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      Frequently Asked Questions About Celiac Disease   09/30/2015

      This Celiac.com FAQ on celiac disease will guide you to all of the basic information you will need to know about the disease, its diagnosis, testing methods, a gluten-free diet, etc.   Subscribe to FREE Celiac.com email alerts What are the major symptoms of celiac disease? Celiac Disease Symptoms What testing is available for celiac disease? - list blood tests, endo with biopsy, genetic test and enterolab (not diagnostic) Celiac Disease Screening Interpretation of Celiac Disease Blood Test Results Can I be tested even though I am eating gluten free? How long must gluten be taken for the serological tests to be meaningful? The Gluten-Free Diet 101 - A Beginner's Guide to Going Gluten-Free Is celiac inherited? Should my children be tested? Ten Facts About Celiac Disease Genetic Testing Is there a link between celiac and other autoimmune diseases? Celiac Disease Research: Associated Diseases and Disorders Is there a list of gluten foods to avoid? Unsafe Gluten-Free Food List (Unsafe Ingredients) Is there a list of gluten free foods? Safe Gluten-Free Food List (Safe Ingredients) Gluten-Free Alcoholic Beverages Distilled Spirits (Grain Alcohols) and Vinegar: Are they Gluten-Free? Where does gluten hide? Additional Things to Beware of to Maintain a 100% Gluten-Free Diet Free recipes: Gluten-Free Recipes Where can I buy gluten-free stuff? Support this site by shopping at The Celiac.com Store.
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New to the gluten free life, please help!
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14 posts in this topic

Hi everyone! I am completely new to gluten free living. 

I have severe hypothyroidism, fibromylgia, an anxiety/depression disorder and some other smaller problems. Through research I have found that gluten can attack the thyroid and cause fibro and depression symptoms to worsen. I went gluten free last Monday. My main question is how long does it usually take to start feeling a difference? Is it different for everyone? I was gluten-free for 5 days and then slipped up and had a good amount of gluten this weekend. I now am very itchy and have a very upset stomach. Could these be from the gluten even though I have only been gluten-free for 5 days? 

 

Thanks for the help!!!!

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Recovery times vary, and we all have slips in converting the the gluten-free lifestyle. I went five years with overt symptoms before diagnosis. After going gluten-free I continued to have symptoms for 4-6 months, while my intestines healed.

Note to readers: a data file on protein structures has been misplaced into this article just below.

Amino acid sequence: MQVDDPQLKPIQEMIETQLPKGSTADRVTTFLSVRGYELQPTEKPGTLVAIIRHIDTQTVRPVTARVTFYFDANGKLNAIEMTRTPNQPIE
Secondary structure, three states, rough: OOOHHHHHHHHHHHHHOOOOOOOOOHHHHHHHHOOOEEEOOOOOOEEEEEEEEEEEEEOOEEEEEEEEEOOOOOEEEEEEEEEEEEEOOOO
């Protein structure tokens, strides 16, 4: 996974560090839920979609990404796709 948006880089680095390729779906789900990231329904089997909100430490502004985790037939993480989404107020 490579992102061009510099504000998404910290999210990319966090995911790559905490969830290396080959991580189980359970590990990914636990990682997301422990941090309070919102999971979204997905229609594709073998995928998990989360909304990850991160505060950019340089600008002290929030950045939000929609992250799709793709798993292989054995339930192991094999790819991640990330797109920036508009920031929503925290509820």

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Welcome.  A gluten free diet has been reported to be helpful for those with autoimmune issues like thyroiditis, but I would encourage you to get tested for celiac disease first.  It might be the root cause of many of your symptoms but you need to be consuming gluten for tests to be accurate.  Learn more about testing: 

http://www.cureceliacdisease.org/screening/

and the reasons why....

https://celiac.org/blog/2016/09/9-reasons-you-should-be-tested-for-celiac-disease/

 

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I second cylinglady on the getting a offical diagnosis if you have not already for celaic or at least getting tested. Do it now before going completely gluten-free. The testing requires that you be consuming gluten, not much just a cracker a day or half a slice of bread for about 12 weeks prior to a blood test and  2 weeks for the endoscope.

On other notes welcome to the forums lets start with a bit of a introduction guide for you to read over, https://www.celiac.com/gluten-free/topic/91878-newbie-info-101/

Now lets see if we can not address some of your concerns, the anxiety and depression could in fact be made worse if you have nutrient absorption issues. I might suggest getting checked, common ones are B-vitamins, Iron, Niacin, Vitamin D and E, Magnesium, and a few others. We are each different in ones we end up with issues with and have to work with a dietician about balancing it out. You will probably have to take supplements for these for awhile if any are the issue. B-vitamins, magnesium, and calcium can be huge issues with the anxiety and depression department. I might also suggest taking a digestive enzyme and probiotic if you have fibo.